Chinua Achebe's: Okonkwo

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Chinua Achebe's, Things Fall Apart could be considered a modern-day epic as a result of its world-renowned recognition; eight million papers in print in fifty different languages. Achebe's main character in the novel: Okonkwo compares to the heroic figure of Odysseus, in Homer's epic The Iliad. Okonkwo embodies the early ideals, characteristics, and traditions of his people and/or nation. And through Achebe's dignified literary style, and use of language-Okonkwo represents the concept of self and society, and of the culture class during Africa's colonization by western philosophy.

Okonkwo is introduced to the reader with a sense of urgency and importance in the opening sentence: "Okonkwo was well know throughout the nine villages and even beyond." (Achebe 3) The reason was a result of him bringing honor to his village for being the fiercest wrestler when he was a younger man. Achebe's physical description of Okonkwo is one of reverence, and could be used to describe many of the men in Umuofia. He is large, and his facial structure makes him seem to wear an angry expression at all times. The fact that his three wives could hear him breath while he slept, even though they lived in separate houses creates a strong image. Okonkwo personality is that of quick to anger and prone to expressing his anger through his fists. One important quality of Okonkwo is his desire to be successful-he has no patience for men like his father who had taken no title and died heavily in debt.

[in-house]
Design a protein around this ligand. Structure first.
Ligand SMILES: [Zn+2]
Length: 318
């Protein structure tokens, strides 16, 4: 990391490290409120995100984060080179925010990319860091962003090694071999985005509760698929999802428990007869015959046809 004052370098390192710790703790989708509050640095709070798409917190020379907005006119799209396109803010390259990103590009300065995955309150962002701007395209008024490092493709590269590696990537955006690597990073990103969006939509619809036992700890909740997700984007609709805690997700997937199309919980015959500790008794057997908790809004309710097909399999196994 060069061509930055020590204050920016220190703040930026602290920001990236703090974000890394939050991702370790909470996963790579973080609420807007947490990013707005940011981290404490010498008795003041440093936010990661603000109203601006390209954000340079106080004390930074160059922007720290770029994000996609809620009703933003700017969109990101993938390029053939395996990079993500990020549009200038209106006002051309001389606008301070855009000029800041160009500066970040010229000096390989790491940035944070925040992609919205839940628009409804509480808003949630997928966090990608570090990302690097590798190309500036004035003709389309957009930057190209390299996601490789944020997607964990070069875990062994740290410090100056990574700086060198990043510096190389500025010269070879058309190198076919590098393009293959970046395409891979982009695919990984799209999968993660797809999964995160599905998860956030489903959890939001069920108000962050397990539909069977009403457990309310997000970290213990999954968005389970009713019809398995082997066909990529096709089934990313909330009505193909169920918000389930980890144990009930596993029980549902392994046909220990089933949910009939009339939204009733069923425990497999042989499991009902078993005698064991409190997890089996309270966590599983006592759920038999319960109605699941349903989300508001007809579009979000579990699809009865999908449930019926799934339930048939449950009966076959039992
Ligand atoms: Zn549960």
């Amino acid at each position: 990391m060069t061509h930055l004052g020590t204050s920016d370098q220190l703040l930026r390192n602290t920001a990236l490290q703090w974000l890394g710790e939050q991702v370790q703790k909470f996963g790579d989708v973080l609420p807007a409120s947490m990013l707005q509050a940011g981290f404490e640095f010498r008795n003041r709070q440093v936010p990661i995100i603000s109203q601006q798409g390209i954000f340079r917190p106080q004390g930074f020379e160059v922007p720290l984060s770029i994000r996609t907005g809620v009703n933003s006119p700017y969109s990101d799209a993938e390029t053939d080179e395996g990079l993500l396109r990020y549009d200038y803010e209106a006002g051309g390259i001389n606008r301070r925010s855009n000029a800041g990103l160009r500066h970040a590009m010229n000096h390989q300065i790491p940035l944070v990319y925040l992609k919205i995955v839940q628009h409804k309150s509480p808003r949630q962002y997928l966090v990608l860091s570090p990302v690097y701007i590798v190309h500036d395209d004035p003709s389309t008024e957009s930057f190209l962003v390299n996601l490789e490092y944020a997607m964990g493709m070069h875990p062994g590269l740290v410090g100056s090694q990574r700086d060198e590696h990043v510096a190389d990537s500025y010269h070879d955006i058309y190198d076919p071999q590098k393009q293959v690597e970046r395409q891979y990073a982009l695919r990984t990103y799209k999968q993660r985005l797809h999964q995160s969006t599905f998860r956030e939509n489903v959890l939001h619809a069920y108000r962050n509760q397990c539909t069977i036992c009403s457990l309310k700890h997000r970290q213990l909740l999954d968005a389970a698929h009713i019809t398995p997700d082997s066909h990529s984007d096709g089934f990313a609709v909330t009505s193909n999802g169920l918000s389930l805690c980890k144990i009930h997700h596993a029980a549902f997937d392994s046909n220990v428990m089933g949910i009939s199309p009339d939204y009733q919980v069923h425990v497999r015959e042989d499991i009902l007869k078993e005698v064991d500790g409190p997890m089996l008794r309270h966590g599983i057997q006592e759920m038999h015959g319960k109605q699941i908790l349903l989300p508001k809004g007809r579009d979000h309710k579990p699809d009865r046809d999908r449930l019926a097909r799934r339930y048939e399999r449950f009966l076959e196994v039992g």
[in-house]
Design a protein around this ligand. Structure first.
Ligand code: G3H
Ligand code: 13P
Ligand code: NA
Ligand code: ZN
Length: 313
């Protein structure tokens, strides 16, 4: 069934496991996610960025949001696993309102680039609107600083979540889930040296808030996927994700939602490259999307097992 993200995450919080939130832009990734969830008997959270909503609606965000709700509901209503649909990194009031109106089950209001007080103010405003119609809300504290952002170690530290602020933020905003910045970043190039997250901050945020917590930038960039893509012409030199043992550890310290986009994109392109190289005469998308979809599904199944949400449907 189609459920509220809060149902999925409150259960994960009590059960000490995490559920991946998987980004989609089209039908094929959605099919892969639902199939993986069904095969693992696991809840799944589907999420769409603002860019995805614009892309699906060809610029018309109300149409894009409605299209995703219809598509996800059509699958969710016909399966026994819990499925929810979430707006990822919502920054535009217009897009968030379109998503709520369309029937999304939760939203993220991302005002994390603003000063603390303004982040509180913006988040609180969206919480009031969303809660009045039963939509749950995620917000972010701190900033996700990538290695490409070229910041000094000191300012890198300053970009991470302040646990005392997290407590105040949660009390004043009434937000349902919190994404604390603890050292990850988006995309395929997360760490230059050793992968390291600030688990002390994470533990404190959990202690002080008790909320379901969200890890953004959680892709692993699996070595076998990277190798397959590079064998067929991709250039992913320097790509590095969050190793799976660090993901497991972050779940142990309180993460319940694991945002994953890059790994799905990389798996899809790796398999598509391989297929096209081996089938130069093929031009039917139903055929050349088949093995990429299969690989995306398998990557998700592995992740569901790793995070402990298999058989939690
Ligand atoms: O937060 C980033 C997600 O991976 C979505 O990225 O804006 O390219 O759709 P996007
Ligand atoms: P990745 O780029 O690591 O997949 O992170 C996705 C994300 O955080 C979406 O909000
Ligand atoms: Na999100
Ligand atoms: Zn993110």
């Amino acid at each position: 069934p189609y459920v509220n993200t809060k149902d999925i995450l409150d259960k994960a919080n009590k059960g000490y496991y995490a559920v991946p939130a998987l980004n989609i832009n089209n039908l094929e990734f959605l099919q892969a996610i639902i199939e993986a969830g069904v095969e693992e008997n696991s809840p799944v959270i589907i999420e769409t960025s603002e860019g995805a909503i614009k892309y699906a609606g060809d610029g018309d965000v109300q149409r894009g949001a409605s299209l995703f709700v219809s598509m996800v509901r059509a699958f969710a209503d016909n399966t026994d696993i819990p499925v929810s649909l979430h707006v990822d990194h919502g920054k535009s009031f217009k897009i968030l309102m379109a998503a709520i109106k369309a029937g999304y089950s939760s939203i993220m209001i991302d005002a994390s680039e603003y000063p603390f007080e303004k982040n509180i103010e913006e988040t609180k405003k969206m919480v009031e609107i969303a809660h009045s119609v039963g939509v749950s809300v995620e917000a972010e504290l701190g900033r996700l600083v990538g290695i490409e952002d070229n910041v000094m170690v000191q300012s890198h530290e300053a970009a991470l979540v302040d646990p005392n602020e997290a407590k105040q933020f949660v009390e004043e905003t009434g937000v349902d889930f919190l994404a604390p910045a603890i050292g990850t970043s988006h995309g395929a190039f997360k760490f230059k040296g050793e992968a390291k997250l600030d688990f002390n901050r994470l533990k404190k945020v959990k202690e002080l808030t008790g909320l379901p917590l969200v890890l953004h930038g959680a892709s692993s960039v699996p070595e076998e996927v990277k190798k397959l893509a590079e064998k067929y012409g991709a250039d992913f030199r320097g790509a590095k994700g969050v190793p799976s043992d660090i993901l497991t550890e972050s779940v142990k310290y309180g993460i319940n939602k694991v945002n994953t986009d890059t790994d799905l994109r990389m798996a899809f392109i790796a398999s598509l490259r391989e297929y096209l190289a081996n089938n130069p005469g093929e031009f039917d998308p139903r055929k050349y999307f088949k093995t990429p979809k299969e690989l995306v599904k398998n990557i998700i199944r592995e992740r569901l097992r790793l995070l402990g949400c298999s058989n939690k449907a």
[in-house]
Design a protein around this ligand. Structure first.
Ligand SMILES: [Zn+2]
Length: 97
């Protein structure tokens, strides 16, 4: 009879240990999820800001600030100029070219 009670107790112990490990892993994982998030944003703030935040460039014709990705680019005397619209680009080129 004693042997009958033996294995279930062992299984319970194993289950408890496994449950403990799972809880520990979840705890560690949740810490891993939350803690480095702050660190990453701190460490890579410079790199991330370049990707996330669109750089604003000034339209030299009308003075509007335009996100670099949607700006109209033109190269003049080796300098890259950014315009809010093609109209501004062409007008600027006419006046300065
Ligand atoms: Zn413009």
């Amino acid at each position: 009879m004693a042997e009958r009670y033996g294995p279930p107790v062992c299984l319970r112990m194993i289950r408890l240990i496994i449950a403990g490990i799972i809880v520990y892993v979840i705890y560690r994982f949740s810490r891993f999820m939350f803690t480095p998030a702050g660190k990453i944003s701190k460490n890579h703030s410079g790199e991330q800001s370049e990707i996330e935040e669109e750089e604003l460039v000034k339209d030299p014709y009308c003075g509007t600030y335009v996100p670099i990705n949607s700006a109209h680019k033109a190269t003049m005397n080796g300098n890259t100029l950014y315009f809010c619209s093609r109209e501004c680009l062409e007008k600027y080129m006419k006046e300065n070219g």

As a result of Okonkwo's need for success comes his strength of working harder and longer than anyone else.In his village of Umuofia, men were recognized by there worth not by a patriarchal system. This is important for Okonkwo because he did not inherit a barn from his father, and was forced to borrow his first seed-yams from a rich man in the village. Yams were a sign of manliness in Umuofia, a man was considered great if he "could feed his family on yams from one harvest to...
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